I had read an interesting paper a few years ago about how interest rate swap dealers take advantage of credit pricing anomalies to reduce the cost of borrowing for companies while still making money. I was reminded about it when I met a hedge fund manager over the weekend at a party who made mention of a similar strategy.

**What is an interest rate swap?**

The most basic interest rate swap is when you exchange a series of cash flows based on a floating rate interest payment for a series of cash flows based on a fixed rate interest payment. There are a few reasons you might want to do this. One might be because your company has a change in risk policy and wants to trade the risk of a variable rate interest payment (that could go up suddenly) for a fixed rate that might start out higher, but will stay constant. There are other reasons, but this is just a primer so we’ll leave it at that.

**What is an interest rate swap dealer?**

An interest rate swap dealer can facilitate these types of transactions. Normally you would expect them to find an offsetting transaction so as to reduce their risk. So if they find someone looking to exchange fixed for floating, they might try to find someone else who wants to exchange floating for fixed. They act as the intermediary for both companies.

Now, if the swap dealer has a salesforce, they may be proactively contacting their clients and figuring out ways for them to save money on interest payments. One way they do that is by identifying two different companies with comparative borrowing advantages.

**What is a comparative borrowing advantage?**

If you have one company (let’s call them ABC) that can borrow at 4% fixed and Prime +0.25% for variable and another company (let’s call them XYZ) that can borrow at 4.5% fixed and Prime + 0.5% then we see that ABC has a better credit rating as it gets better rates for fixed and variable. BUT on a comparative basis the differentials show a 0.5% advantage for fixed loans (4% versus 4.5%), but only a 0.25% advantage for variable (Prime +0.25% versus Prime + 0.5%).

Comparatively, ABC is better off borrowing in the fixed rate market. But if they desire a floating rate loan a swap dealer can engineer a discount and still make money.

The swap dealers salesperson will try to identify such scenarios and match the companies up accordingly as follows. They will tell ABC to borrow in the fixed rate and offer them a swap for a floating rate. They will find a company like XYZ and tell them to borrow in the floating rate market and swap with them for a fixed rate payment.

**ABC**

So ABC will borrow at 4% fixed, and enter into a swap with the swap dealer. The swap dealer may offer to make payments to ABC at 3.85% in exchange for floating rate payments of Prime + 0% from ABC. ABC now has a floating rate obligation of Prime + 0% plus the spread on the fixed payments to the lender (4%) less the receipt of fixed rate payments from the swap dealer (3.85%). Therefore the spread is 0.15% and added to Prime that is Prime + 0.15%. So ABC is now borrowing overall at a rate less than it could have secured from the variable rate market (that was Prime + 0.25% remember). So they come out ahead by 0.10%.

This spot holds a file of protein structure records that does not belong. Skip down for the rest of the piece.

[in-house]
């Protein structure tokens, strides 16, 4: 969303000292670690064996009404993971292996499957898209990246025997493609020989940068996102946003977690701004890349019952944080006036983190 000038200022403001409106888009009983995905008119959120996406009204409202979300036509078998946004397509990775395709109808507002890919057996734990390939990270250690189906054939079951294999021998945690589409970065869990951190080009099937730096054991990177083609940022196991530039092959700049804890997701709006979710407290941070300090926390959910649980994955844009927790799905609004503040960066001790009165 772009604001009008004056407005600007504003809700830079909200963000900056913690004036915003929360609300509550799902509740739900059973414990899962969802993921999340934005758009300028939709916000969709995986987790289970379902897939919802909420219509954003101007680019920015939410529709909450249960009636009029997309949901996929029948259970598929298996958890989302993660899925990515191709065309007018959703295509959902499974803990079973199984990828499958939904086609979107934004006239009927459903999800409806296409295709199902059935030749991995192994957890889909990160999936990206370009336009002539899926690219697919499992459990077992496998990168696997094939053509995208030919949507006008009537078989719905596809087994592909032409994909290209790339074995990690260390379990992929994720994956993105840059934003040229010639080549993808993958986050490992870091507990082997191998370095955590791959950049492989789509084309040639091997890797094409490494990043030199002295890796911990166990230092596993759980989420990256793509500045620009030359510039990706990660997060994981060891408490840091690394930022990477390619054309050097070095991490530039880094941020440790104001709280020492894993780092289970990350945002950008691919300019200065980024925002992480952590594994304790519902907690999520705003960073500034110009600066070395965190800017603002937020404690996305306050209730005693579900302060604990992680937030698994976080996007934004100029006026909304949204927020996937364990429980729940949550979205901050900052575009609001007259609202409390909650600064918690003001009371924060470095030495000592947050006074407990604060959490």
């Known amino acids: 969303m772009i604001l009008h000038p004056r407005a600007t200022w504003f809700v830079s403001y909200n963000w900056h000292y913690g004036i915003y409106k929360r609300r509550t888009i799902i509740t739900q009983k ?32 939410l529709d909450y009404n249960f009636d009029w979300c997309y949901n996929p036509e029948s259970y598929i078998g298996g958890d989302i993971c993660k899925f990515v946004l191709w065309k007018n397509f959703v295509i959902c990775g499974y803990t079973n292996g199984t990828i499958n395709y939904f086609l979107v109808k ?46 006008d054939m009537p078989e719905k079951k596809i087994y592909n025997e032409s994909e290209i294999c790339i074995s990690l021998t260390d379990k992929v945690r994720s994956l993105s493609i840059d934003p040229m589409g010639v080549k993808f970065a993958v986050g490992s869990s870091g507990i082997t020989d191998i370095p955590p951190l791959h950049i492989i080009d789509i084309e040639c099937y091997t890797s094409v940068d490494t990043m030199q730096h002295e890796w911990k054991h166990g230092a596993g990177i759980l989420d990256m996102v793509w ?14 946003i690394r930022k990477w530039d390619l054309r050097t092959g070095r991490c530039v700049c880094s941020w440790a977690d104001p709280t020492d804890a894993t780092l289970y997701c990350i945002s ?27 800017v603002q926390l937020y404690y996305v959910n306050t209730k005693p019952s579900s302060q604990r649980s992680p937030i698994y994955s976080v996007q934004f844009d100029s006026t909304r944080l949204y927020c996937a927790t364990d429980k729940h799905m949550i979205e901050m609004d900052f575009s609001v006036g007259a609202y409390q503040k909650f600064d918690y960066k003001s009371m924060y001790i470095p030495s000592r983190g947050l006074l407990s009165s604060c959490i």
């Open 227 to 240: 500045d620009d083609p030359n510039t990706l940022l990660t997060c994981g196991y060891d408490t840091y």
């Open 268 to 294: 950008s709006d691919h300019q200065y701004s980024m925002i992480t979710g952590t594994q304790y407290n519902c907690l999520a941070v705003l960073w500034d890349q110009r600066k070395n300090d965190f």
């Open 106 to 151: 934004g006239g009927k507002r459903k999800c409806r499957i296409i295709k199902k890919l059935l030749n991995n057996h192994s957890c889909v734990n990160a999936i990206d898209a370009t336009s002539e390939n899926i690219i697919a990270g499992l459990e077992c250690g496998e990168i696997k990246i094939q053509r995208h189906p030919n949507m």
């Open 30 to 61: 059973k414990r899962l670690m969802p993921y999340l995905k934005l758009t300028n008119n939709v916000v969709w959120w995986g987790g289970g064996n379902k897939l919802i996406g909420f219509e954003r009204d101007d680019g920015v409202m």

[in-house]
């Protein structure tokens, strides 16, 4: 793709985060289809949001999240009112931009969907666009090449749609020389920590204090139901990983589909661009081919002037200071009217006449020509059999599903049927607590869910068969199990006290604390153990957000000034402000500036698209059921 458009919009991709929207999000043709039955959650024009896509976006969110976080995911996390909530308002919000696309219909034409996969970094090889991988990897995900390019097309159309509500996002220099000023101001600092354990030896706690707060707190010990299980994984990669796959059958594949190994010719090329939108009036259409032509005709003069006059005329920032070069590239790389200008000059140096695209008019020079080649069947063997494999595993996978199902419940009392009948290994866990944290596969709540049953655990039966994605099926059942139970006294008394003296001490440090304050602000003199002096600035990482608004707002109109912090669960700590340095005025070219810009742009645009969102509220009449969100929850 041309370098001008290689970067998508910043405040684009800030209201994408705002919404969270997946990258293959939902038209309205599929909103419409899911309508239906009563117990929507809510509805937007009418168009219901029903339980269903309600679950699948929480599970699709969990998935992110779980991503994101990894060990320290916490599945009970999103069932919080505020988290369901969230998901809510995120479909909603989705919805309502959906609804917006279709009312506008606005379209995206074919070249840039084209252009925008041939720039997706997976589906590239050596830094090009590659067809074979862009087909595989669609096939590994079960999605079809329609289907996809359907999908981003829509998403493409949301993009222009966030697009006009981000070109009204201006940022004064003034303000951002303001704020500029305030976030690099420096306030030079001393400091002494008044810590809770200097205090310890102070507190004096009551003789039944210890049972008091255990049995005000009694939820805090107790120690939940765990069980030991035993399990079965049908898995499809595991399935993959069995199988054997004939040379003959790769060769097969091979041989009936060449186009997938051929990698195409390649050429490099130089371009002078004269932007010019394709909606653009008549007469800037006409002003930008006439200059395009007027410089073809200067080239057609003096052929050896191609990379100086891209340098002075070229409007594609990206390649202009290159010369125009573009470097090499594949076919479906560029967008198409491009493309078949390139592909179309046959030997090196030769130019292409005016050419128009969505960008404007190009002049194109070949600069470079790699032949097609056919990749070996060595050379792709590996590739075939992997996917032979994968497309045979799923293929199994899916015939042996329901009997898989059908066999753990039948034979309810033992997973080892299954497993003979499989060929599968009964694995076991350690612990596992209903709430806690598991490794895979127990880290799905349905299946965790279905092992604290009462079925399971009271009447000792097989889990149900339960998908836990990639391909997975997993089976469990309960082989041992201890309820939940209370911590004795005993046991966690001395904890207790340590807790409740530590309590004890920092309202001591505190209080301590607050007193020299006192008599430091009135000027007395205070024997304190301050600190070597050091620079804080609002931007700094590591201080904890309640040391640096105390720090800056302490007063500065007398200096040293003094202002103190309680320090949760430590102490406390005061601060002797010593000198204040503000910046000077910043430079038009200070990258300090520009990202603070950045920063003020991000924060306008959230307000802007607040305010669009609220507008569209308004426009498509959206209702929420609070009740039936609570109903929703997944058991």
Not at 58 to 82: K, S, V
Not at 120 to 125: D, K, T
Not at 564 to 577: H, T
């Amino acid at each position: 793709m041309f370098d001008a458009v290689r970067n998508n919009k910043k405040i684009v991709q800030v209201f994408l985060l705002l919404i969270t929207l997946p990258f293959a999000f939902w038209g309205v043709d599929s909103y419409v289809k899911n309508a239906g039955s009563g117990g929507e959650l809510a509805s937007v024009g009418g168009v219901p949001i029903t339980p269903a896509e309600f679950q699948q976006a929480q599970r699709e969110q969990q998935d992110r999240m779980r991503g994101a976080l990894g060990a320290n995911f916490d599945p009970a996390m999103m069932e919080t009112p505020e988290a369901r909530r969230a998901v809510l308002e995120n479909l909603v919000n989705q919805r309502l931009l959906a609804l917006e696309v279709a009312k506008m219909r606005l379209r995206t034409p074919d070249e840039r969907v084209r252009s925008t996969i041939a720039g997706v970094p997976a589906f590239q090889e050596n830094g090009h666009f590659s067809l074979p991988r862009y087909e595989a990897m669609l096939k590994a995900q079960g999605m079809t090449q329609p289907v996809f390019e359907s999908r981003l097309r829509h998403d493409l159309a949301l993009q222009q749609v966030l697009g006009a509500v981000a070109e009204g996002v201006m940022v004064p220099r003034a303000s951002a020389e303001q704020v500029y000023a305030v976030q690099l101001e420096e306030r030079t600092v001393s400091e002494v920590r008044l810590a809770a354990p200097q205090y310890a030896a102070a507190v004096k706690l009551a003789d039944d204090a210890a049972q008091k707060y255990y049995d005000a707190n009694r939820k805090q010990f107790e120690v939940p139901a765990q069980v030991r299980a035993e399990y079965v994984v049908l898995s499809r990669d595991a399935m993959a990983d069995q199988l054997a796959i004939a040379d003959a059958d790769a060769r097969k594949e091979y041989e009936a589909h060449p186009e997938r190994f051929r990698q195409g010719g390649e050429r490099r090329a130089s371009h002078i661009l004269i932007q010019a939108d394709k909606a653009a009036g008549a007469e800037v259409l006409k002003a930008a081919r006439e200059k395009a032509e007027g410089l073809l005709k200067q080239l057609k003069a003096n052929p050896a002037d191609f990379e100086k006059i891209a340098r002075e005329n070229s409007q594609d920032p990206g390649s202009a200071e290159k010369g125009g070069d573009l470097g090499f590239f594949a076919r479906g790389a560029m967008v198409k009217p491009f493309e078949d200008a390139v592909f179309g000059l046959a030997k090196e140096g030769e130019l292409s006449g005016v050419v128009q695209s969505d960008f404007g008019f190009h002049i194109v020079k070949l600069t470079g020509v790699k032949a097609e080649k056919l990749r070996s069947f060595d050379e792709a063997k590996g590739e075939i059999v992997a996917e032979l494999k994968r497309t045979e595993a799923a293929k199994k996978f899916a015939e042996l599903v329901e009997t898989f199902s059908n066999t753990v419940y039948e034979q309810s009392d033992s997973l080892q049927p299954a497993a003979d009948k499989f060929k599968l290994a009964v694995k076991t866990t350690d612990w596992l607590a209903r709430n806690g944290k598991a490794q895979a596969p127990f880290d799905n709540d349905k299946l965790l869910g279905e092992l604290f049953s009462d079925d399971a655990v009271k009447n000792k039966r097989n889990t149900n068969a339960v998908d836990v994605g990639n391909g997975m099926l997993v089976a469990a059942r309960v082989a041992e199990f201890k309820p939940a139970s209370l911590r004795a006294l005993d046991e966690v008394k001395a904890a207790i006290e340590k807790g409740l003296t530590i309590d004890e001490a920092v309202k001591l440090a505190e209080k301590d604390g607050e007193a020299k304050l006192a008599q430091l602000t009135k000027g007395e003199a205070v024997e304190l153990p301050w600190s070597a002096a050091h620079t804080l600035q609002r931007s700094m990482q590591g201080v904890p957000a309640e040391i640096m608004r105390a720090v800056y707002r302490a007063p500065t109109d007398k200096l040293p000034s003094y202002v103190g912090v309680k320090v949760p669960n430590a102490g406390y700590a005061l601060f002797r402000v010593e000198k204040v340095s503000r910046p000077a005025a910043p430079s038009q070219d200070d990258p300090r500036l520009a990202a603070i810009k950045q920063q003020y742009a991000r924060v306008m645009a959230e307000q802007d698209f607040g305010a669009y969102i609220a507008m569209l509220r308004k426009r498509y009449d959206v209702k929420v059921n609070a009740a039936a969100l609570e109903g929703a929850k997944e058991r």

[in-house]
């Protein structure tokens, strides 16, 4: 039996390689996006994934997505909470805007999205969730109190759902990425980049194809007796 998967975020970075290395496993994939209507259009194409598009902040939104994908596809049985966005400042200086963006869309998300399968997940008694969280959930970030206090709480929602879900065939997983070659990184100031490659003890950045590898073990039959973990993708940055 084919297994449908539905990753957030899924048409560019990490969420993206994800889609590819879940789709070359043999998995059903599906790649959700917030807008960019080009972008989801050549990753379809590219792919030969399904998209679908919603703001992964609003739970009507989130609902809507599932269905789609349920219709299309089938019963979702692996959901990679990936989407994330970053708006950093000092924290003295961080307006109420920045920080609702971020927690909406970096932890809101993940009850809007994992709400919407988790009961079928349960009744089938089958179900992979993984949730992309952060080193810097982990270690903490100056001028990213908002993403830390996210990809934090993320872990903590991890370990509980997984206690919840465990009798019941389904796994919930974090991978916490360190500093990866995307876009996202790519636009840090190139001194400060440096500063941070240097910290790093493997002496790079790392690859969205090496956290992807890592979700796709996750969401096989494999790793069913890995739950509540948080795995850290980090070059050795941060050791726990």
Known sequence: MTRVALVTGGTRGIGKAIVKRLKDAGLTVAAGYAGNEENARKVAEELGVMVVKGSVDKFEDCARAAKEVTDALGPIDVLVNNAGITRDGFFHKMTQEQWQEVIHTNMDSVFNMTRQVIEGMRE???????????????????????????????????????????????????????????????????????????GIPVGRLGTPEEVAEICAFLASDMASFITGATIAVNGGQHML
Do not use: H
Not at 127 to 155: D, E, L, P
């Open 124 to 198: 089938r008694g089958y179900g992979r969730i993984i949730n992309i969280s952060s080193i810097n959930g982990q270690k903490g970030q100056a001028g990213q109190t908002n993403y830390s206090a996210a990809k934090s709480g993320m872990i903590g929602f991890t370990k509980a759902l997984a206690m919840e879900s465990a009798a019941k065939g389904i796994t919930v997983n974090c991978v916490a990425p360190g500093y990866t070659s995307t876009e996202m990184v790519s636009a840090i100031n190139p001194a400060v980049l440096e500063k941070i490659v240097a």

**XYZ**

XYZ will borrow at Prime + 0.5%, and enter into a swap with the swap dealer. The swap dealer may offer to make payments to XYZ at Prime + 0% in exchange for fixed rate payments of 3.9% from XYZ. XYZ now has a fixed rate obligation equal to this 3.9% plus the spread on the variable rate payments to the lender (Prime + 0.5%) versus the receipt of variable payments from the swap dealer (Prime + 0%). Since the “Primes” cancel each other out, the spread is 0.5% and added to 3.9% = 4.4%. So XYZ is now borrowing overall at a rate less than it could have secured from the fixed rate market (that was 4.5%). So they come out ahead by 0.10%.

**Swap Dealer**

Remember, the swap dealer is receiving payments from ABC at Prime + 0% and simultaneously they are making payments to XYZ at Prime + 0%. So these cancel out. Further they are making fixed payments to ABC at 3.85% and receiving fixed payments from XYZ at 3.9%. 3.9% – 3.85% = 0.05%. So the swap dealer is ahead by 0.05%.

**Conclusion**

By identifying comparative interest rate differential advantages for borrowers it’s possible for an interest rate swap dealer to make money for itself while saving money for its clients at the same time. ABC was able to save 0.10% versus the variable rate offered to it by the market even though they had to initially borrow from the fixed rate market to do it. XYZ was also able to save 0.10% versus the fixed rate offered to it by the market even though it had to initially borrow from the variable rate market to do it. And the interest rate swap dealer was able to earn 0.05% by facilitating it all without exposing itself to any interest rate risk by finding the two companies with offsetting desires.

If a salesperson finds two companies looking for $100 million to borrow, this translates into an annual $100,000 savings for each company and $50,000 in revenue to the swap dealer. I’m guessing, but the salesperson might get a one time 20% commission for a pay day of $10,000 for a few days of number crunching and a lot of days of prospecting (plus a $100K base probably).